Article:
Like many organizations since the 2015 release of the Truth and Reconciliation Commission’s final report, the Royal Philatelic Society of Canada (RPSC) has approved a land acknowledgement statement.
Recognizing the country’s Indigenous land claims, the RPSC will open every society-hosted event with the following statement, which will also be “prominently displayed on its Facebook page and website, rpsc.org.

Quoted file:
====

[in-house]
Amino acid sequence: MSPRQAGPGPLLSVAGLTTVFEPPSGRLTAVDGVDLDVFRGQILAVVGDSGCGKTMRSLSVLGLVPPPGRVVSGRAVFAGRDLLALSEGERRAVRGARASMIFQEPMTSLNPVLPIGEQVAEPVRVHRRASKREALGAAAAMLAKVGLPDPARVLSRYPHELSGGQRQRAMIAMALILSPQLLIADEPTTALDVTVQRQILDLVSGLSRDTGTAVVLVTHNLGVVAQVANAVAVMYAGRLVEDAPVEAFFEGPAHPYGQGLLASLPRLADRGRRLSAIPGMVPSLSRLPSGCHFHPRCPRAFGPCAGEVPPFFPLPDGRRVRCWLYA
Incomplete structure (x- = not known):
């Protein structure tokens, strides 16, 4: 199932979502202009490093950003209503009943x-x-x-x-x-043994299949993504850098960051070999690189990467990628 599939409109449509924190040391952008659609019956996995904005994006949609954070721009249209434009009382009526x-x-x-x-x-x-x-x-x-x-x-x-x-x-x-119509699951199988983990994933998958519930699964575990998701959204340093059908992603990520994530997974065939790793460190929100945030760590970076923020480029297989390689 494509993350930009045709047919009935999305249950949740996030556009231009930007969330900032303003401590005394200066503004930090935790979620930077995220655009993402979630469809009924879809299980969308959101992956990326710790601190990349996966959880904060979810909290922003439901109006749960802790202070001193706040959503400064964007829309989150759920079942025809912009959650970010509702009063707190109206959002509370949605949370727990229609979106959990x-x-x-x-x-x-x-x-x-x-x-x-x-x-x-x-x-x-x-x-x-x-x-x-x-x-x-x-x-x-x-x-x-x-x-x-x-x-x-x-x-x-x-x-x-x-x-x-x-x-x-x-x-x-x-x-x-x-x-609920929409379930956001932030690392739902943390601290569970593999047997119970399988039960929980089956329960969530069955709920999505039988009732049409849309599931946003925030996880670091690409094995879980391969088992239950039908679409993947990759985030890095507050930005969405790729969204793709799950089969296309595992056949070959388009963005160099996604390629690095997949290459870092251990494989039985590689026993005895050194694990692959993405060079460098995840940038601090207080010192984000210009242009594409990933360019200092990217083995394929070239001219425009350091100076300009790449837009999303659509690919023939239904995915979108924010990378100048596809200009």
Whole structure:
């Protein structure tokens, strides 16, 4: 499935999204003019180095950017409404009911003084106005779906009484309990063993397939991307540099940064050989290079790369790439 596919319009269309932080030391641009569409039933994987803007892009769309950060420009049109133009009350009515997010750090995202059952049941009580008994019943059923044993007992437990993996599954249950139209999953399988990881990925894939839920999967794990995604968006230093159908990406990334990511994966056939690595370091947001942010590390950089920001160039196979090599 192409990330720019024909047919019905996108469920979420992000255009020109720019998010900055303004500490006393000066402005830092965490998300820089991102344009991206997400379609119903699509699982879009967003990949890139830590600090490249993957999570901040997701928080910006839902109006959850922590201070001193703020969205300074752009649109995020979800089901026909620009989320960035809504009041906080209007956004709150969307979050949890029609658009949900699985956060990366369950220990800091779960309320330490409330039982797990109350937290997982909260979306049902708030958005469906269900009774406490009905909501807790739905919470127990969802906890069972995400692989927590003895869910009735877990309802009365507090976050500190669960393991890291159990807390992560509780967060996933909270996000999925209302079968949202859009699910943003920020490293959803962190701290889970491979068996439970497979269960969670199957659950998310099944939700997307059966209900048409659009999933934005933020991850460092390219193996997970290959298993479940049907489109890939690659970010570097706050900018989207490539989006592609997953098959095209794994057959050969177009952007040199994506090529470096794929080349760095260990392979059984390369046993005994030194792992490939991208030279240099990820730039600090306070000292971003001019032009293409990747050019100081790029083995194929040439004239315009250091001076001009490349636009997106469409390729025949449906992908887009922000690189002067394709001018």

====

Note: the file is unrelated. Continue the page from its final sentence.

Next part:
“The Royal Philatelic Society of Canada acknowledges that our National Office stands on the traditional territory of many nations including the Mississaugas of the Credit, the Anishnabeg, the Chippewa, the Haudenosaunee and the Wendat peoples and is now home to many diverse First Nations, Inuit and Métis peoples. Furthermore, we acknowledge that Canada is an indigenous nation, meaning that Indigenous people and nations did not give up the lands that they had been on for thousands of years. We also acknowledge that Europeans did not ‘discover’ Canada or arrive on an uninhabited land. The RPSC acknowledges that Toronto is covered by Treaty 13 signed with the Mississaugas of the Credit, and the Williams Treaties signed with multiple Mississaugas and Chippewa bands. Established in 1787, Treaty 13 involved the surrender of the lands from the Mississaugas of the Credit to the British Crown. The RPSC pledges to promote knowledge of Indigenous Canadians and their culture through philately.”